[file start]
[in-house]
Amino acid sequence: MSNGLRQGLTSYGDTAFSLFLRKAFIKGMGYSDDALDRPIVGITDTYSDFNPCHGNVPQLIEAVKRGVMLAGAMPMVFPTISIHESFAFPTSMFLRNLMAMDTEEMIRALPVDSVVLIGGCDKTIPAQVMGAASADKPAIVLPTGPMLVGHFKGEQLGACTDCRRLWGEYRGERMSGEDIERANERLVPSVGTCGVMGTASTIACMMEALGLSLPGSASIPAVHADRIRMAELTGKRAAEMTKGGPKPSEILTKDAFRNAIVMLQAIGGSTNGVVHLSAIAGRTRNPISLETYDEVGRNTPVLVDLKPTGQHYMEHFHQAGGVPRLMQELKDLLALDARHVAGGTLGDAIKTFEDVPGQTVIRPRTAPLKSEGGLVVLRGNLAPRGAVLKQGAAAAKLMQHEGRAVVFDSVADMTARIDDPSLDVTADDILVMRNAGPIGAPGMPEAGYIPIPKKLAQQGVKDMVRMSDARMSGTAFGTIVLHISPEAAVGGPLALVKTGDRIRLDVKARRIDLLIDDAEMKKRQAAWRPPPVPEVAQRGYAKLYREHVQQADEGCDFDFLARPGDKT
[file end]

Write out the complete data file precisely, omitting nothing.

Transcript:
[in-house]
Amino acid sequence: MSNGLRQGLTSYGDTAFSLFLRKAFIKGMGYSDDALDRPIVGITDTYSDFNPCHGNVPQLIEAVKRGVMLAGAMPMVFPTISIHESFAFPTSMFLRNLMAMDTEEMIRALPVDSVVLIGGCDKTIPAQVMGAASADKPAIVLPTGPMLVGHFKGEQLGACTDCRRLWGEYRGERMSGEDIERANERLVPSVGTCGVMGTASTIACMMEALGLSLPGSASIPAVHADRIRMAELTGKRAAEMTKGGPKPSEILTKDAFRNAIVMLQAIGGSTNGVVHLSAIAGRTRNPISLETYDEVGRNTPVLVDLKPTGQHYMEHFHQAGGVPRLMQELKDLLALDARHVAGGTLGDAIKTFEDVPGQTVIRPRTAPLKSEGGLVVLRGNLAPRGAVLKQGAAAAKLMQHEGRAVVFDSVADMTARIDDPSLDVTADDILVMRNAGPIGAPGMPEAGYIPIPKKLAQQGVKDMVRMSDARMSGTAFGTIVLHISPEAAVGGPLALVKTGDRIRLDVKARRIDLLIDDAEMKKRQAAWRPPPVPEVAQRGYAKLYREHVQQADEGCDFDFLARPGDKT